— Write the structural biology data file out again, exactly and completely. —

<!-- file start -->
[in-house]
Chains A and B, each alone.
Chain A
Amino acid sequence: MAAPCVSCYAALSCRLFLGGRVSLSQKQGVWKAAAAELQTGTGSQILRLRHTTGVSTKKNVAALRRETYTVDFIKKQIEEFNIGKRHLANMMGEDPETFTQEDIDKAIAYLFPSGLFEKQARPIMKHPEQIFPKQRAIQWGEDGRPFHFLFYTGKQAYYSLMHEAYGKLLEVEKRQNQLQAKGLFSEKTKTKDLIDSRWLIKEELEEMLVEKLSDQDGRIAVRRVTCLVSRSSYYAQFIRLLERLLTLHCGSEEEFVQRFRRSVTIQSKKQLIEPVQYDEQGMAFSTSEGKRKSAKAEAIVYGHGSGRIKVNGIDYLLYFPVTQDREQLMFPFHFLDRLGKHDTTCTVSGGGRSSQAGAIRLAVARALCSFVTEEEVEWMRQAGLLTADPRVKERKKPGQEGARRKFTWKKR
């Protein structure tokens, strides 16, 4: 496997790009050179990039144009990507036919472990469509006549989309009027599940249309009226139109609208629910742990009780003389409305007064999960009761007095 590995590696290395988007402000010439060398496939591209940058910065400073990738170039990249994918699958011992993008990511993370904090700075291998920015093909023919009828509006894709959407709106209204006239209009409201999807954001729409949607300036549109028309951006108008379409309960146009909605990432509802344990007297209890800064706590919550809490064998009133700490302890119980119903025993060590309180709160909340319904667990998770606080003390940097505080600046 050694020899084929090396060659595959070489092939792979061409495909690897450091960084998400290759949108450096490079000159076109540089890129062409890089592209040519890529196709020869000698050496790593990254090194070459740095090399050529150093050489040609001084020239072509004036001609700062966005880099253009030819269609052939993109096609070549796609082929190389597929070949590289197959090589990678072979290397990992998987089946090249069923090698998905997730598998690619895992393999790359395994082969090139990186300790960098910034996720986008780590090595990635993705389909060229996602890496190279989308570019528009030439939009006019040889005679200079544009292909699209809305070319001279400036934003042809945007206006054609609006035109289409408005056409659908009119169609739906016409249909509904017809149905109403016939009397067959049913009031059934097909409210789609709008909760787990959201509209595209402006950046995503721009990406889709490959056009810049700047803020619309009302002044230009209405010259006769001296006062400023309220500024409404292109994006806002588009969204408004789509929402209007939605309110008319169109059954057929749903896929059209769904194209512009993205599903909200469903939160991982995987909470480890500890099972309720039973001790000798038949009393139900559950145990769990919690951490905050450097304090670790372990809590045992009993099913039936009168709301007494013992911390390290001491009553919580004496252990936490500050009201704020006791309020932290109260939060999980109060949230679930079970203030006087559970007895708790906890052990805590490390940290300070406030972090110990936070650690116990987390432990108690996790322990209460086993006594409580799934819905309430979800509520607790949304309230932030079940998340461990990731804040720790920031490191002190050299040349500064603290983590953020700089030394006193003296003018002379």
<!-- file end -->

[in-house]
Chains A and B, each alone.
Chain A
Amino acid sequence: MAAPCVSCYAALSCRLFLGGRVSLSQKQGVWKAAAAELQTGTGSQILRLRHTTGVSTKKNVAALRRETYTVDFIKKQIEEFNIGKRHLANMMGEDPETFTQEDIDKAIAYLFPSGLFEKQARPIMKHPEQIFPKQRAIQWGEDGRPFHFLFYTGKQAYYSLMHEAYGKLLEVEKRQNQLQAKGLFSEKTKTKDLIDSRWLIKEELEEMLVEKLSDQDGRIAVRRVTCLVSRSSYYAQFIRLLERLLTLHCGSEEEFVQRFRRSVTIQSKKQLIEPVQYDEQGMAFSTSEGKRKSAKAEAIVYGHGSGRIKVNGIDYLLYFPVTQDREQLMFPFHFLDRLGKHDTTCTVSGGGRSSQAGAIRLAVARALCSFVTEEEVEWMRQAGLLTADPRVKERKKPGQEGARRKFTWKKR
């Protein structure tokens, strides 16, 4: 496997790009050179990039144009990507036919472990469509006549989309009027599940249309009226139109609208629910742990009780003389409305007064999960009761007095 590995590696290395988007402000010439060398496939591209940058910065400073990738170039990249994918699958011992993008990511993370904090700075291998920015093909023919009828509006894709959407709106209204006239209009409201999807954001729409949607300036549109028309951006108008379409309960146009909605990432509802344990007297209890800064706590919550809490064998009133700490302890119980119903025993060590309180709160909340319904667990998770606080003390940097505080600046 050694020899084929090396060659595959070489092939792979061409495909690897450091960084998400290759949108450096490079000159076109540089890129062409890089592209040519890529196709020869000698050496790593990254090194070459740095090399050529150093050489040609001084020239072509004036001609700062966005880099253009030819269609052939993109096609070549796609082929190389597929070949590289197959090589990678072979290397990992998987089946090249069923090698998905997730598998690619895992393999790359395994082969090139990186300790960098910034996720986008780590090595990635993705389909060229996602890496190279989308570019528009030439939009006019040889005679200079544009292909699209809305070319001279400036934003042809945007206006054609609006035109289409408005056409659908009119169609739906016409249909509904017809149905109403016939009397067959049913009031059934097909409210789609709008909760787990959201509209595209402006950046995503721009990406889709490959056009810049700047803020619309009302002044230009209405010259006769001296006062400023309220500024409404292109994006806002588009969204408004789509929402209007939605309110008319169109059954057929749903896929059209769904194209512009993205599903909200469903939160991982995987909470480890500890099972309720039973001790000798038949009393139900559950145990769990919690951490905050450097304090670790372990809590045992009993099913039936009168709301007494013992911390390290001491009553919580004496252990936490500050009201704020006791309020932290109260939060999980109060949230679930079970203030006087559970007895708790906890052990805590490390940290300070406030972090110990936070650690116990987390432990108690996790322990209460086993006594409580799934819905309430979800509520607790949304309230932030079940998340461990990731804040720790920031490191002190050299040349500064603290983590953020700089030394006193003296003018002379």